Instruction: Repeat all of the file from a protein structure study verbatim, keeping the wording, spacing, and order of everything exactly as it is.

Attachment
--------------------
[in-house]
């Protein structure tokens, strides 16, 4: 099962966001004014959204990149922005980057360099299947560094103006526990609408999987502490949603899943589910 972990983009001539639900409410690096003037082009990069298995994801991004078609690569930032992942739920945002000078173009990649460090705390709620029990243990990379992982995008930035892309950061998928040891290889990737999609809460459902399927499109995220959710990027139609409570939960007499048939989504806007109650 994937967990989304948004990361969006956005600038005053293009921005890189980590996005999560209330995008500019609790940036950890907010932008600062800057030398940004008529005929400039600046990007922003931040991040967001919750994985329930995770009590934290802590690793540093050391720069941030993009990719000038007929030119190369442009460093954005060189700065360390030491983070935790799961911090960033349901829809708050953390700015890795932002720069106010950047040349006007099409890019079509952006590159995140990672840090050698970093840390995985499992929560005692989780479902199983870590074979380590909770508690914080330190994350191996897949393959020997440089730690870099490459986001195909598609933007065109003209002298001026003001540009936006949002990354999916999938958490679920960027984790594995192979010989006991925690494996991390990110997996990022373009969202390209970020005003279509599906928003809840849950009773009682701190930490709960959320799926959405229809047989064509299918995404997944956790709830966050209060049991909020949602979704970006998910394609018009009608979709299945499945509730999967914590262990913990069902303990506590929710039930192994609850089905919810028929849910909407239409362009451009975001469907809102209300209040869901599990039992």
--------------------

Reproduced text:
[in-house]
């Protein structure tokens, strides 16, 4: 099962966001004014959204990149922005980057360099299947560094103006526990609408999987502490949603899943589910 972990983009001539639900409410690096003037082009990069298995994801991004078609690569930032992942739920945002000078173009990649460090705390709620029990243990990379992982995008930035892309950061998928040891290889990737999609809460459902399927499109995220959710990027139609409570939960007499048939989504806007109650 994937967990989304948004990361969006956005600038005053293009921005890189980590996005999560209330995008500019609790940036950890907010932008600062800057030398940004008529005929400039600046990007922003931040991040967001919750994985329930995770009590934290802590690793540093050391720069941030993009990719000038007929030119190369442009460093954005060189700065360390030491983070935790799961911090960033349901829809708050953390700015890795932002720069106010950047040349006007099409890019079509952006590159995140990672840090050698970093840390995985499992929560005692989780479902199983870590074979380590909770508690914080330190994350191996897949393959020997440089730690870099490459986001195909598609933007065109003209002298001026003001540009936006949002990354999916999938958490679920960027984790594995192979010989006991925690494996991390990110997996990022373009969202390209970020005003279509599906928003809840849950009773009682701190930490709960959320799926959405229809047989064509299918995404997944956790709830966050209060049991909020949602979704970006998910394609018009009608979709299945499945509730999967914590262990913990069902303990506590929710039930192994609850089905919810028929849910909407239409362009451009975001469907809102209300209040869901599990039992």